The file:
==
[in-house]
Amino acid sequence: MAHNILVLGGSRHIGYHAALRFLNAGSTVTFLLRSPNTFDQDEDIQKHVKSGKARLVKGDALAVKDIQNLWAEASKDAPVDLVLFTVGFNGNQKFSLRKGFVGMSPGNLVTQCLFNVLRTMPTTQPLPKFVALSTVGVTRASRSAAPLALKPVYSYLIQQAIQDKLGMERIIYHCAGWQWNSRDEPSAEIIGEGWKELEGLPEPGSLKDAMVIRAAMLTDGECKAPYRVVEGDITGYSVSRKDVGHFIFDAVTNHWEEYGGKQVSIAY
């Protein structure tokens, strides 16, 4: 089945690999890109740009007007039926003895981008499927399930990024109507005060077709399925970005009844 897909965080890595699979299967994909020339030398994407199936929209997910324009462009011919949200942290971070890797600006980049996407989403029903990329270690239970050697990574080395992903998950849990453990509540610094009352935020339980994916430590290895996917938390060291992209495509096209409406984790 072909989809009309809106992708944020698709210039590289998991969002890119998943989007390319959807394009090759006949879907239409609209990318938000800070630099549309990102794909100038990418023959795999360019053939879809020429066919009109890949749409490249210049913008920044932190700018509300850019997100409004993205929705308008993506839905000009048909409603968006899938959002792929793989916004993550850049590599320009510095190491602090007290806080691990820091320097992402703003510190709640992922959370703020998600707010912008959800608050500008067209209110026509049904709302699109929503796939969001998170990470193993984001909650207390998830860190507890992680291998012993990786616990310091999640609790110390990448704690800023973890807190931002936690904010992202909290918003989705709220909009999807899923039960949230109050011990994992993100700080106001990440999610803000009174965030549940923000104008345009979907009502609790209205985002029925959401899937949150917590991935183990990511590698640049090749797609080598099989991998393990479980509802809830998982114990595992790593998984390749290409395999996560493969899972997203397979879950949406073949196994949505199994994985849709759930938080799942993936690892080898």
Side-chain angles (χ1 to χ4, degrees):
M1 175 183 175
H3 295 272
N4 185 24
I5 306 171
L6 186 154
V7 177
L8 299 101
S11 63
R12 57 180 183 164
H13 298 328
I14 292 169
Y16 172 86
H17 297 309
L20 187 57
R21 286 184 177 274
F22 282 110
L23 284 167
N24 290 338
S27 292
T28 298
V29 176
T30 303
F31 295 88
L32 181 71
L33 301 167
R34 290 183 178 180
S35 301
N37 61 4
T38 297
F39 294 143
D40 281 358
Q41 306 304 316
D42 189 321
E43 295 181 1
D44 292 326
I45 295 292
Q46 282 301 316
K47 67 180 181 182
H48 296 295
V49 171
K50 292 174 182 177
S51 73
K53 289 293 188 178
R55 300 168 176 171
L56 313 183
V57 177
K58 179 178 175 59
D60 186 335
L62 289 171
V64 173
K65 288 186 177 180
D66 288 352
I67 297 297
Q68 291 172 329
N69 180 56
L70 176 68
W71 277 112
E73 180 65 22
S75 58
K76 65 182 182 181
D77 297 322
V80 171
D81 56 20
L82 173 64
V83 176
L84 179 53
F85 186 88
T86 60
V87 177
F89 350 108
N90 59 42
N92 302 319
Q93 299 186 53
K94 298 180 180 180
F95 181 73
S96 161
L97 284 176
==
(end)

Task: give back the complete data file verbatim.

[in-house]
Amino acid sequence: MAHNILVLGGSRHIGYHAALRFLNAGSTVTFLLRSPNTFDQDEDIQKHVKSGKARLVKGDALAVKDIQNLWAEASKDAPVDLVLFTVGFNGNQKFSLRKGFVGMSPGNLVTQCLFNVLRTMPTTQPLPKFVALSTVGVTRASRSAAPLALKPVYSYLIQQAIQDKLGMERIIYHCAGWQWNSRDEPSAEIIGEGWKELEGLPEPGSLKDAMVIRAAMLTDGECKAPYRVVEGDITGYSVSRKDVGHFIFDAVTNHWEEYGGKQVSIAY
């Protein structure tokens, strides 16, 4: 089945690999890109740009007007039926003895981008499927399930990024109507005060077709399925970005009844 897909965080890595699979299967994909020339030398994407199936929209997910324009462009011919949200942290971070890797600006980049996407989403029903990329270690239970050697990574080395992903998950849990453990509540610094009352935020339980994916430590290895996917938390060291992209495509096209409406984790 072909989809009309809106992708944020698709210039590289998991969002890119998943989007390319959807394009090759006949879907239409609209990318938000800070630099549309990102794909100038990418023959795999360019053939879809020429066919009109890949749409490249210049913008920044932190700018509300850019997100409004993205929705308008993506839905000009048909409603968006899938959002792929793989916004993550850049590599320009510095190491602090007290806080691990820091320097992402703003510190709640992922959370703020998600707010912008959800608050500008067209209110026509049904709302699109929503796939969001998170990470193993984001909650207390998830860190507890992680291998012993990786616990310091999640609790110390990448704690800023973890807190931002936690904010992202909290918003989705709220909009999807899923039960949230109050011990994992993100700080106001990440999610803000009174965030549940923000104008345009979907009502609790209205985002029925959401899937949150917590991935183990990511590698640049090749797609080598099989991998393990479980509802809830998982114990595992790593998984390749290409395999996560493969899972997203397979879950949406073949196994949505199994994985849709759930938080799942993936690892080898």
Side-chain angles (χ1 to χ4, degrees):
M1 175 183 175
H3 295 272
N4 185 24
I5 306 171
L6 186 154
V7 177
L8 299 101
S11 63
R12 57 180 183 164
H13 298 328
I14 292 169
Y16 172 86
H17 297 309
L20 187 57
R21 286 184 177 274
F22 282 110
L23 284 167
N24 290 338
S27 292
T28 298
V29 176
T30 303
F31 295 88
L32 181 71
L33 301 167
R34 290 183 178 180
S35 301
N37 61 4
T38 297
F39 294 143
D40 281 358
Q41 306 304 316
D42 189 321
E43 295 181 1
D44 292 326
I45 295 292
Q46 282 301 316
K47 67 180 181 182
H48 296 295
V49 171
K50 292 174 182 177
S51 73
K53 289 293 188 178
R55 300 168 176 171
L56 313 183
V57 177
K58 179 178 175 59
D60 186 335
L62 289 171
V64 173
K65 288 186 177 180
D66 288 352
I67 297 297
Q68 291 172 329
N69 180 56
L70 176 68
W71 277 112
E73 180 65 22
S75 58
K76 65 182 182 181
D77 297 322
V80 171
D81 56 20
L82 173 64
V83 176
L84 179 53
F85 186 88
T86 60
V87 177
F89 350 108
N90 59 42
N92 302 319
Q93 299 186 53
K94 298 180 180 180
F95 181 73
S96 161
L97 284 176